The men of the Zaraniq tribe, on the west coast of Yemen, have a truly unique tradition – they jump over a row of camels just like modern daredevils jump over cars.

Famous throughout Yemen for their speed, strength and courage, the members of the Zaraniq tribe are the world’s only professional camel jumpers. Taking running starts, jumpers try to sail over as many camels as possible, before tumbling to the ground. During camel jumping events, the one who leaps over the highest number of camels is considered the winner. “This is what we do,” says Bhayder Mohammed Yusef Qubaisi, one of the champions of the the Tihama-al-Yemen, a desert plain, on the coast of the Red Sea.

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Ming Liang Lu – A Self-Described Master Paper Portrait Cutter

He’s not the best English speaker in New York, but his skills with the scissors makes Ming Liang Lu one of the most popular subway artists in the big city. The Chinese master claims the art he practices, cutting people’s portraits out of black paper, is unique in the world.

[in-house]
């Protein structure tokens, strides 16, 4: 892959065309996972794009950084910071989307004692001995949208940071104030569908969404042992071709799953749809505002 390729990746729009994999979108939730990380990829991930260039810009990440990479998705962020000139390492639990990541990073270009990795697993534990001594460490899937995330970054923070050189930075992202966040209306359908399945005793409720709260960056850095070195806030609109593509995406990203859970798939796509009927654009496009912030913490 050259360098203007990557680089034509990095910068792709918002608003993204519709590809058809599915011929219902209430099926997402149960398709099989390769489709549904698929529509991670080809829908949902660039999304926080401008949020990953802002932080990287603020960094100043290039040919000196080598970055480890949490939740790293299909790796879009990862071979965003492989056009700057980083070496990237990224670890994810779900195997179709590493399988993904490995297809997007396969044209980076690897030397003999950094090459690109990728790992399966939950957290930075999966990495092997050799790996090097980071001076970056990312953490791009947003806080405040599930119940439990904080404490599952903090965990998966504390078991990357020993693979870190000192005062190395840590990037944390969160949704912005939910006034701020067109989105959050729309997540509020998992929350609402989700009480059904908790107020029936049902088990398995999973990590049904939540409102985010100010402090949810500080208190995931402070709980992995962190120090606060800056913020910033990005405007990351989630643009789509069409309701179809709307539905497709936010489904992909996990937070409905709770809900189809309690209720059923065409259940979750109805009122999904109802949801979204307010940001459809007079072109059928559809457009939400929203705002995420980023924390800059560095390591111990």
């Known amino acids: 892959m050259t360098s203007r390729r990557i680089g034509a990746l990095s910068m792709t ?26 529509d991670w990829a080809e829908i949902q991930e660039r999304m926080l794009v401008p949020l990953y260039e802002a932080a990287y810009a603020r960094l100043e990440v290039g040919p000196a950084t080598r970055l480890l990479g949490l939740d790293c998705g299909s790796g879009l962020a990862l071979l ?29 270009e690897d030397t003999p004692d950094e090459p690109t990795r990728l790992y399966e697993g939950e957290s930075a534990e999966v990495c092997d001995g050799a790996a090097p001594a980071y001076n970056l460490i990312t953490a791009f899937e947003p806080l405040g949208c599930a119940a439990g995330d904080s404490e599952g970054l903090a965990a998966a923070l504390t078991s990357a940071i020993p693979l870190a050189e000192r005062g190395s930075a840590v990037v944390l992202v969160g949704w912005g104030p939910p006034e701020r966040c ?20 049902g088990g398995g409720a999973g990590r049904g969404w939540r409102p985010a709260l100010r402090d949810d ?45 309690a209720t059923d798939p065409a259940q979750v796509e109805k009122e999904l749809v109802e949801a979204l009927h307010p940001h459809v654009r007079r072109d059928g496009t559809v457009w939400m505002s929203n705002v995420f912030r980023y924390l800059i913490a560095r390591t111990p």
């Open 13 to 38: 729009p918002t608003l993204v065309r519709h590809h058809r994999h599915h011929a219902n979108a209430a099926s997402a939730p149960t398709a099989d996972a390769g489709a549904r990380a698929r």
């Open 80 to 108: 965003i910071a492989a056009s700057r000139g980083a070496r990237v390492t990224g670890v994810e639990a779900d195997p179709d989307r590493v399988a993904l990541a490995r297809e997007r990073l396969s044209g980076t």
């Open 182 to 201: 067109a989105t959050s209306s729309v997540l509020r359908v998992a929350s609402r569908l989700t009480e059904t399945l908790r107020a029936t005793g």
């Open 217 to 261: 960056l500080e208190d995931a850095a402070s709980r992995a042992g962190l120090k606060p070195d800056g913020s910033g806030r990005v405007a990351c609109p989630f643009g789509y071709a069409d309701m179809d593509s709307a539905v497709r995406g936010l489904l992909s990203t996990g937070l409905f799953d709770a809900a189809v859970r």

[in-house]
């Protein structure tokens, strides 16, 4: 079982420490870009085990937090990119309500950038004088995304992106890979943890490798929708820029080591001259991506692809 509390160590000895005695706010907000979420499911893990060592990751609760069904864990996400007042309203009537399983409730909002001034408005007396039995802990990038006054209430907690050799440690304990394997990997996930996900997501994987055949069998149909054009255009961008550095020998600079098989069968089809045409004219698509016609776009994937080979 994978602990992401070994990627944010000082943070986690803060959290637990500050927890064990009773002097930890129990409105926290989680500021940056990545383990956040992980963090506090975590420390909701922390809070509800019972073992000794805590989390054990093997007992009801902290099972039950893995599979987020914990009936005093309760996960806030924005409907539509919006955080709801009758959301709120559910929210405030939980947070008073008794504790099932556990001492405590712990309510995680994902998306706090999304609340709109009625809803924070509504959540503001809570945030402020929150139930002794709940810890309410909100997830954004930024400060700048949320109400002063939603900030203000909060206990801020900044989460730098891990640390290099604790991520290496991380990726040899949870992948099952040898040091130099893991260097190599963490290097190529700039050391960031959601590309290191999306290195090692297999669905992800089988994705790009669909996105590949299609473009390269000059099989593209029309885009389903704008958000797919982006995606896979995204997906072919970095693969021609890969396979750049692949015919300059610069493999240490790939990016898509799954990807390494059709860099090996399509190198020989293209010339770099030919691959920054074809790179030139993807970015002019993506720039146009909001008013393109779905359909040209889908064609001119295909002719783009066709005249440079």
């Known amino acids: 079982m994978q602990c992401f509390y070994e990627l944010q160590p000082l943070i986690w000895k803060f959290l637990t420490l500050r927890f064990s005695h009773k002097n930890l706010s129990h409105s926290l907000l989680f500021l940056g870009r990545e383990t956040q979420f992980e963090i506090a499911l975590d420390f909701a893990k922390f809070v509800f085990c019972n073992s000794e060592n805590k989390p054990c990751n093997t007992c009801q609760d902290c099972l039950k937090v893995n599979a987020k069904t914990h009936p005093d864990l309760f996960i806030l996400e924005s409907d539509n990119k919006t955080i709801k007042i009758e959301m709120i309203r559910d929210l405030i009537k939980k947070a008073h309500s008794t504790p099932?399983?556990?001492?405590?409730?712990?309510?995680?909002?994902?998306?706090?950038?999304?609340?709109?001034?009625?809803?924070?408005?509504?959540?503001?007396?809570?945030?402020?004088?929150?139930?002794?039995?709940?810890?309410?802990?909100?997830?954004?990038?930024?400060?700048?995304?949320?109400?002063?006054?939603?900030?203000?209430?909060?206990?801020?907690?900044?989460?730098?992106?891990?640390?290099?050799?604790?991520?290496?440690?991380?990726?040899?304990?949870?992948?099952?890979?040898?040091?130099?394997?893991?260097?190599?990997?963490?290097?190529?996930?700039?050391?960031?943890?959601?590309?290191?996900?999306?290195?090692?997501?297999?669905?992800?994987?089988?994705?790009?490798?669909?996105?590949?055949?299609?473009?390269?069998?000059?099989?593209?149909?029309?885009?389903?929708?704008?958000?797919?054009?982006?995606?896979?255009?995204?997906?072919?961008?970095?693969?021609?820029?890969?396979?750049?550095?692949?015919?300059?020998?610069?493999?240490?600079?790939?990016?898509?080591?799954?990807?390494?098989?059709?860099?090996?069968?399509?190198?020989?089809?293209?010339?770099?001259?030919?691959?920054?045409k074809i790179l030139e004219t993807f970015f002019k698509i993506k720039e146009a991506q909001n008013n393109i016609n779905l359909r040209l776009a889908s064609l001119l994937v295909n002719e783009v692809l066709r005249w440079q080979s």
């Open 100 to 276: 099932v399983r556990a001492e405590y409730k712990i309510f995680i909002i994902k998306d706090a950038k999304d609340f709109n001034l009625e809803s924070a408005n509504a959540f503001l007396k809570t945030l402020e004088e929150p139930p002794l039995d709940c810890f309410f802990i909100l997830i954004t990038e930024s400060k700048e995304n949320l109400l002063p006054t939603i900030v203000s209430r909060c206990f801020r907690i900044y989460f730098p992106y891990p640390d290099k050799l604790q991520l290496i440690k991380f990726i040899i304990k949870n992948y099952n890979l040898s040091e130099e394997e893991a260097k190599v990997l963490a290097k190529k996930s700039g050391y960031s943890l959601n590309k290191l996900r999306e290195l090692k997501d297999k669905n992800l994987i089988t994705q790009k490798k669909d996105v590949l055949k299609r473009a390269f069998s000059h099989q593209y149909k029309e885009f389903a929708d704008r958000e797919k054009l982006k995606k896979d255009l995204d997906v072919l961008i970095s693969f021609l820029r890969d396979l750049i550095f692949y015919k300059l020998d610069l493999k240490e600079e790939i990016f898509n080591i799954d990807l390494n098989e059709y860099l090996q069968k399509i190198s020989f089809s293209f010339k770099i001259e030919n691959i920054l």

If you’ve ever used the metro, you’re probably familiar with subway performers like dancers or violin and guitar players, but Ming Liang Lu is a different kind of entertainer. Using a small piece of black paper and scissors, he’s able to create intricate, slightly caricatured portraits of subway riders and passers-by, even without looking at them for reference. That might not sound like a lot, but seeing him manipulate that small sheet of folded paper while holding the scissors almost completely still will blow your mind.

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Real-Life Mutant Girl Causes Things around Her to Catch on Fire

A yet unnamed 11-year-old girl from Vietnam’s Ho Chi Minh City has been making headlines in Asia, for her alleged uncontrollable power to set things around her on fire.

According to Vietnamese website Ngoisao, on May 12, a young girl living in the Tan Binh district of Ho Chi Minh has burned down almost the entire third floor of her family’s home. Her father says the child did not have access to any fire-inducing objects, and that the fire was caused by the super-energy in her body. How many times have we heard that one before, right? But while that may sound like the exaggerations of a parent looking for media attention, this is apparently not the first time this Vietnamese girl has caused things to burst into fire just by going near them.

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Painter/Scientist Turns Neuroscience into Visual Art

Greg Dunn is on his way to earning a doctorate in neuroscience, from the University of Pennsylvania, but he’s also passionate about pan-Asian art, so he decided to combine his two main interests into one unique art form.